- Everyone's a Pedestrian at some point in their journey, and safety is a shared responsibility.
- Watch your walkways. Walk on sidewalks and in crosswalks whenever possible. Pay attention to walk signals and keep a safe distance when standing on corners.
- Be aware of blind spots around trucks, buses and cars when walking near and around them. Know your "No Zones".
- Stopping Distances. Use caution when crossing intersections and streets. You may think vehicles will stop for you, but they may not see you to even be able to stop. Never take a chance with a truck, even if the driver sees you, they may not be able to stop. Truck brakes and gears are notorious for sticking.
- Make Yourself Visible. Wear bright or reflective clothing.
- Watch out for wide loads. Trucks with wide loads may have very limited visibility as well as difficulty maneuvering.
- Cutting in front can cut your life short! Avoid cutting in front of other vehicles as you may create an emergency braking situation for others around you, especially in heavy traffic.
- Buckle your seat belt! ALWAYS!
- Watch your blind spots and the "No Zones" around trucks and buses.
- Inattentive drivers. While driving, please focus only on the road. If you need to attend to another matter while driving (cell phones, kids, application of cosmetics, etc.) safely pull over in a parking lot or rest stop.
- Avoid aggressive drivers and driving aggressively. speeding, running red lights and stop signs, making frequent lane changes and tailgating can create dangerous and potentially fatal situations on the road.
- Avoid squeeze play. Be careful of trucks and buses making wide right turns. If you try to get in between the truck and the curb, you could be caught in a squeeze and suffer a serious accident.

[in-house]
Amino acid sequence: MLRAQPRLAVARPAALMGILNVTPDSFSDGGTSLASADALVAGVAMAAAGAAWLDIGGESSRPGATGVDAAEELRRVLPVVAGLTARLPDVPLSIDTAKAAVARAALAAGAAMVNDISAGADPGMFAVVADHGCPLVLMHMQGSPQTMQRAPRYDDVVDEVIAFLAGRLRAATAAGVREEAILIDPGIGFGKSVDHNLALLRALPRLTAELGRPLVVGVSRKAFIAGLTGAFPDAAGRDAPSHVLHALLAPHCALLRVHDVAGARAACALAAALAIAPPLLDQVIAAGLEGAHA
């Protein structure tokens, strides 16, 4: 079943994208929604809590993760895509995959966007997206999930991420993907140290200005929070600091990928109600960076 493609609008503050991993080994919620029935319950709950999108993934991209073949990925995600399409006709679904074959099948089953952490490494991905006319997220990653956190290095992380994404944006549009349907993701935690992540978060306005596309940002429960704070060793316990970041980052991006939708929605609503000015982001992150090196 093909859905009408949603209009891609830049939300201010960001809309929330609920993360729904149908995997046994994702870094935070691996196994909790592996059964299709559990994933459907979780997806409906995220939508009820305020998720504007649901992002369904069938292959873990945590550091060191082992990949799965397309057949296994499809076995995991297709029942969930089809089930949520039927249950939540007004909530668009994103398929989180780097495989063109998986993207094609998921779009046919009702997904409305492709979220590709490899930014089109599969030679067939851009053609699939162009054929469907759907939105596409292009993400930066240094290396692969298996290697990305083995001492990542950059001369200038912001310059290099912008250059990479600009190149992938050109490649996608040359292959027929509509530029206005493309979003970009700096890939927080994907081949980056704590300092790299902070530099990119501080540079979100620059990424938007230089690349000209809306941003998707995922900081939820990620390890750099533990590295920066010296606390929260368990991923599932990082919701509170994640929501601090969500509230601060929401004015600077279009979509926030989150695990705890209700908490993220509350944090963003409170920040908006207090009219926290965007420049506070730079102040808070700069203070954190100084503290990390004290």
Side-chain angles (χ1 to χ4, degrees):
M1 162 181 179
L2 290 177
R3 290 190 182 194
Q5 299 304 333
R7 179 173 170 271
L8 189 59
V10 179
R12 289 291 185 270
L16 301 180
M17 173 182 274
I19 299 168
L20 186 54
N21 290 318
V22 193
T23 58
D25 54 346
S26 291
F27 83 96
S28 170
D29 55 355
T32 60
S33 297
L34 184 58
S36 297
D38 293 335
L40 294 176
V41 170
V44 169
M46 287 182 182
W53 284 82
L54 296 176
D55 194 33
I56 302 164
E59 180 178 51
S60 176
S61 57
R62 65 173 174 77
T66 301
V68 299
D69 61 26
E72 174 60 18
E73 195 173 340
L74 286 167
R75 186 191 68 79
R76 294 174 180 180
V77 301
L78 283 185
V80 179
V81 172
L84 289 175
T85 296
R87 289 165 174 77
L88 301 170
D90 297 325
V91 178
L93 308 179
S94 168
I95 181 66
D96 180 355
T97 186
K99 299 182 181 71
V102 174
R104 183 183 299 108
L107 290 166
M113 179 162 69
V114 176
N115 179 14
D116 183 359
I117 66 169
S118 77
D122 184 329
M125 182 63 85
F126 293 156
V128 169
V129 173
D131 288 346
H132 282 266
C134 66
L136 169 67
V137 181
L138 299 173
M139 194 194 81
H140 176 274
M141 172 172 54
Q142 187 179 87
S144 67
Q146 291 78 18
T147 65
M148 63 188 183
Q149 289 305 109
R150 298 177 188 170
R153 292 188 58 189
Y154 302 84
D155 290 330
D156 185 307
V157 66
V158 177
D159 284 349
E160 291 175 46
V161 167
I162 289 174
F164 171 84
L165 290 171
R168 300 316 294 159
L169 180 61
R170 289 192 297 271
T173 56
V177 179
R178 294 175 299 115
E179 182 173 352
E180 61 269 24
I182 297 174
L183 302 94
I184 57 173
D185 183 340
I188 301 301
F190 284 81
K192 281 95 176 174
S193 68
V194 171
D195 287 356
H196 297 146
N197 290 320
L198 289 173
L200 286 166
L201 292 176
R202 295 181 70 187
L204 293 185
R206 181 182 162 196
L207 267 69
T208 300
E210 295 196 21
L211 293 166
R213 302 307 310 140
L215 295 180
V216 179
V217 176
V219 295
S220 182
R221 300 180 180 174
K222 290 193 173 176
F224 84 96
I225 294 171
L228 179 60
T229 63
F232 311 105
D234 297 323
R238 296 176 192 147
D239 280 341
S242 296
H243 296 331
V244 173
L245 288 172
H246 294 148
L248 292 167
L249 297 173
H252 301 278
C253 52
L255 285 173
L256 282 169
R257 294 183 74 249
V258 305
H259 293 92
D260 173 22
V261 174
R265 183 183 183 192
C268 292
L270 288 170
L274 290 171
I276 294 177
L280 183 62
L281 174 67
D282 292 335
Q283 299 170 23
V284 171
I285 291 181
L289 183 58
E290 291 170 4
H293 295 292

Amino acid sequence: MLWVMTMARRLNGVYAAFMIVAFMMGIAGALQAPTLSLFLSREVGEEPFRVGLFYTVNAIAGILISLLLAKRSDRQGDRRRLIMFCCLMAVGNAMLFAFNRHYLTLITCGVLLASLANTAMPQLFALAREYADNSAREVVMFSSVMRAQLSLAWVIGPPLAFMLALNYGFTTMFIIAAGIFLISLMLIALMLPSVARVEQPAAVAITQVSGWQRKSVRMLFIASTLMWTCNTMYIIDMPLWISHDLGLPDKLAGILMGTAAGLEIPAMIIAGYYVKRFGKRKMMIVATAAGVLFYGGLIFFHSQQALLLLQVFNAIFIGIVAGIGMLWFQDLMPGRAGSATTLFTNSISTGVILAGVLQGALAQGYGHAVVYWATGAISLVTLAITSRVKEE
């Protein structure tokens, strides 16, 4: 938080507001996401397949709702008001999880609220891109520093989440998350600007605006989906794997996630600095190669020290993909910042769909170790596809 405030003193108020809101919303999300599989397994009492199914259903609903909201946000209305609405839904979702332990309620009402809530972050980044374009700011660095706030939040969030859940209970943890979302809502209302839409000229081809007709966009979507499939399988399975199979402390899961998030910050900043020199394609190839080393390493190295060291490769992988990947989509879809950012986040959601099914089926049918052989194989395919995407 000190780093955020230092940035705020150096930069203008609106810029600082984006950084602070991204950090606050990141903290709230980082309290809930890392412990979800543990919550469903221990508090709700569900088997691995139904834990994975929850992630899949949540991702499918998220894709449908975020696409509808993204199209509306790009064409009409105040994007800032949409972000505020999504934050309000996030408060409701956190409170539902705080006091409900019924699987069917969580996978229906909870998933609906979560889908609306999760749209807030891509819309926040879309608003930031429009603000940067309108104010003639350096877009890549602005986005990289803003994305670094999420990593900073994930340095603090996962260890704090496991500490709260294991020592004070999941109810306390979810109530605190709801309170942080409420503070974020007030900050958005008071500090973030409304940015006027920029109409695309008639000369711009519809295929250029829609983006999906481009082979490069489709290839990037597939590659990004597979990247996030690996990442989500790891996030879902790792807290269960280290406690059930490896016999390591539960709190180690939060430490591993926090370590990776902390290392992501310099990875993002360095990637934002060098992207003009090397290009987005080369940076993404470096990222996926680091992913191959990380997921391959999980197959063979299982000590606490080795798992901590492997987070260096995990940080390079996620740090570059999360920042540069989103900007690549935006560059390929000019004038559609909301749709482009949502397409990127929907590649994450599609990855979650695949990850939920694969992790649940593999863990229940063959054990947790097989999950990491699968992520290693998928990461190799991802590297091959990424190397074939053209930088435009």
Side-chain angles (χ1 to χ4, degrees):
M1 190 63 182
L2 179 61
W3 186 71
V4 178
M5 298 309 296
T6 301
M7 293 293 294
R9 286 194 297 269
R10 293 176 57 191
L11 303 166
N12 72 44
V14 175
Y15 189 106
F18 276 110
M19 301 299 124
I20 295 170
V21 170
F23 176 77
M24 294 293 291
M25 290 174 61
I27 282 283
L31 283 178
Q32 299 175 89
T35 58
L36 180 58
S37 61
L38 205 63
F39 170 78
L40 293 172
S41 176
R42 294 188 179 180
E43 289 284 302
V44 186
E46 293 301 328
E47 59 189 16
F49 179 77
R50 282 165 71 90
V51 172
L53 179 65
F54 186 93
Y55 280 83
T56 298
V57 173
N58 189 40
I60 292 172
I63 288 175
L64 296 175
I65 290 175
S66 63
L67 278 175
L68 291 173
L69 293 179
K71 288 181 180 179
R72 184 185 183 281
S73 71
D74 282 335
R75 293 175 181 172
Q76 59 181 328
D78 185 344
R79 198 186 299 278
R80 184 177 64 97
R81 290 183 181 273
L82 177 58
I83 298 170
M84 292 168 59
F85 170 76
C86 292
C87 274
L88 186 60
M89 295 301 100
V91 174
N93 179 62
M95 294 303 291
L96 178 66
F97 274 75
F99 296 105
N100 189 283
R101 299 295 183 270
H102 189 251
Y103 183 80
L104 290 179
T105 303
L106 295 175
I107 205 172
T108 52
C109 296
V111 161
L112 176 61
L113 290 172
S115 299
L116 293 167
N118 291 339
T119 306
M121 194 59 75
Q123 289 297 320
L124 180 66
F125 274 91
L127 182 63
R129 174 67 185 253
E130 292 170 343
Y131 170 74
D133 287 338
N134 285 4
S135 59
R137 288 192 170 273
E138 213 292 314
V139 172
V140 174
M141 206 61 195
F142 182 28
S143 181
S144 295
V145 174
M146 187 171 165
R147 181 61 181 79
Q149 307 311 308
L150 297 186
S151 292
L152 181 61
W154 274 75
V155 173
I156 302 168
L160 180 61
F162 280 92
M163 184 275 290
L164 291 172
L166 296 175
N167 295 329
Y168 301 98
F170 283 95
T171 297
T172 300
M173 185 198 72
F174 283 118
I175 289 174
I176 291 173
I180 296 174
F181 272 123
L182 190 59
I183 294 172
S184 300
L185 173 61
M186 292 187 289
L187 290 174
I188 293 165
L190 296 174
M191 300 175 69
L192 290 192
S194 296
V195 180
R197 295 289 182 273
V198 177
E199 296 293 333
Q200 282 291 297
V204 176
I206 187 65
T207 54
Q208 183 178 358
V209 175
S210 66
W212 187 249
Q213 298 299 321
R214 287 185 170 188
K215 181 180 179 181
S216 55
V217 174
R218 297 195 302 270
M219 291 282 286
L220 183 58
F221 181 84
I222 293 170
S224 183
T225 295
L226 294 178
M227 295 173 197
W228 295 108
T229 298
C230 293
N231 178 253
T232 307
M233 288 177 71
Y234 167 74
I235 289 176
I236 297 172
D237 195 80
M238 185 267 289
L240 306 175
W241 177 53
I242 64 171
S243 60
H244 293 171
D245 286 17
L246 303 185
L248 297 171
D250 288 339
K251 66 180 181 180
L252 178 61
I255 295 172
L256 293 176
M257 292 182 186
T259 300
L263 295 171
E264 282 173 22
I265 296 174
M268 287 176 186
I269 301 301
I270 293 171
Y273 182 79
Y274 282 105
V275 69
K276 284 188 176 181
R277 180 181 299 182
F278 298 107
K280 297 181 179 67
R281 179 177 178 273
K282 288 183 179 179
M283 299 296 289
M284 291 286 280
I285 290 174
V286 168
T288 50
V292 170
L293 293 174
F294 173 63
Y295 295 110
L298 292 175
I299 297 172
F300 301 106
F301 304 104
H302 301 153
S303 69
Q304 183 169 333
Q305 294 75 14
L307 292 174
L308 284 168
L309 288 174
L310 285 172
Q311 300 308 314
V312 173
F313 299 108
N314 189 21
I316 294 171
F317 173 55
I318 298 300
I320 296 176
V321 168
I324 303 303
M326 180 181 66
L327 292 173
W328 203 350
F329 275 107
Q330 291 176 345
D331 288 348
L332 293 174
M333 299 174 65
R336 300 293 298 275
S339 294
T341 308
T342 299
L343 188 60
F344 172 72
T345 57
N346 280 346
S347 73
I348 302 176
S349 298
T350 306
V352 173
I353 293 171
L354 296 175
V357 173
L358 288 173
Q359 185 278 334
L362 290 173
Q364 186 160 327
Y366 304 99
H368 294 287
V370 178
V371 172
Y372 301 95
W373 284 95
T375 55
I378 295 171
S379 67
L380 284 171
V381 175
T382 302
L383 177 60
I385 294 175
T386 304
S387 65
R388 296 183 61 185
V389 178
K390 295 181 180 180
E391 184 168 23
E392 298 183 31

- Never drink and drive!
If you have been the victim of a hit-and-run accident, try to remember and quickly write down:
- The make, model, and color of the other vehicle
- Anything about the other vehicle's license plate
- Any characteristics of the other driver (sex, race, age, hair color, clothing, etc.)
- Any other details about the accident
Everyone's a pedestrian at some point in their journey, and safety is a shared responsibility.
- Wear your helmet! Helmet Use Laws
- Bikers Beware. Always be aware of the traffic around you. Never assume that all drivers see you. Ride defensively.
- Check your brakes and be prepared to stop.
- Ride with traffic. Ride on the right side, with the flow of traffic. Biking on the Road
- "No Zones" are blind spots in the front, back and on the sides of large vehicles. Beware of the "No Zone". Never sneak in between a truck or bus and the curb, or you could get crushed. Be aware that large trucks have blind spots in the front, back and on the sides, which make it difficult for the driver to see around them.
- Never hang out in a truck's blind spot or "No-Zone". Watch the "No-Zones".
- Always wear a helmet!
- Drive to survive! Motorcycles are the smallest vehicles on the road and offer no protection in a crash. Be cautious, pay attention to the signals and brakes of other vehicles, especially trucks!
- Check yourself and your bike. Conduct a safety inspection of your motorcycle before each ride and be sure to wear the proper protective gear.